@OtheHill exactly. When I'm supposed to see windows loading , I see a blank screen. No cursor.
I could see the cursor before the CMOS reset. Only when trying to enter bios. Else windows would load.

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#8
October 12, 2016 at 07:15:50
So then, the computer is not working now using on CPU graphics?

Was the Gigabyte system previously doing what you needed?

If so, you shouldn't need to build a new system.

Were you previously using the Nvidia card in the system? If so I am not sure why the tech thinks you can't use it now. Did they indicate they found physical damage to the card?

You have a dual BIOS board. The manual should explain what that means and how to utilize the feature.

Are you sure that you used the correct jumper to clear the BIOS? Did you have the computer unplugged while doing that?

We can also review you specs for a new CAD system at the same time.


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#9
October 12, 2016 at 10:20:40
The computer is not with me right now. Now I'm going to answer everything you asked in points.
1. The computer currently works on the internal graphics of the cpu.
2. The gigabyte system just about did what I needed professionally ( CAD ). Not so much with games. So I stuck to playing cs go mostly. Though it did a decent job running farcry 3, advanced warfare low to mid settings with acceptable to no lag.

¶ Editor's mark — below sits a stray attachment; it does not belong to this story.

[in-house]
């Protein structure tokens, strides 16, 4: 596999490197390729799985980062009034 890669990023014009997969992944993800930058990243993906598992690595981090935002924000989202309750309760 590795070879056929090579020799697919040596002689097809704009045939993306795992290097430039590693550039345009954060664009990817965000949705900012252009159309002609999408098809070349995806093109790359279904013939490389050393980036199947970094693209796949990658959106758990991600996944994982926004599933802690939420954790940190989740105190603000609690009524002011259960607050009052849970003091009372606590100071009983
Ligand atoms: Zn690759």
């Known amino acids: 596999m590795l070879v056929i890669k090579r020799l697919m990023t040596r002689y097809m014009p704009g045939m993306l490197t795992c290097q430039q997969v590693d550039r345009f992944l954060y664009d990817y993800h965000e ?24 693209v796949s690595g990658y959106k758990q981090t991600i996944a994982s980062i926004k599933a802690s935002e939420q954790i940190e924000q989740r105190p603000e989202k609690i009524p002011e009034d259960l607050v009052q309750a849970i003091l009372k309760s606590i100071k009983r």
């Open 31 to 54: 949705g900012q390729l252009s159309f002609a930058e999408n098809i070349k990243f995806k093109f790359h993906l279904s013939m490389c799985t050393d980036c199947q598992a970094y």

3. Yes I was previously on the Nvidia card and it did a great job. I played some games just before I decided to reset CMOS.
4. I have no idea what he's done to the card and I'm really dissapointed as none of the applications/games work with out it, at the level I require.
5. I specifically asked him if there was physical damage, to which he said NO.
6. The only thing he mentioned was, when he connected the Gpu, the chipset would get damaged because of voltage fluctuations. When I told him that I've never had those problems and he said how some other part in the Gpu was not functional. ( not mentioning any thing more specific).
7. I've extensively read the manual, I mentioned the dual bios concept to him, to which he paid no heed. He made the let me do my job face. I thought he knew what he was doing.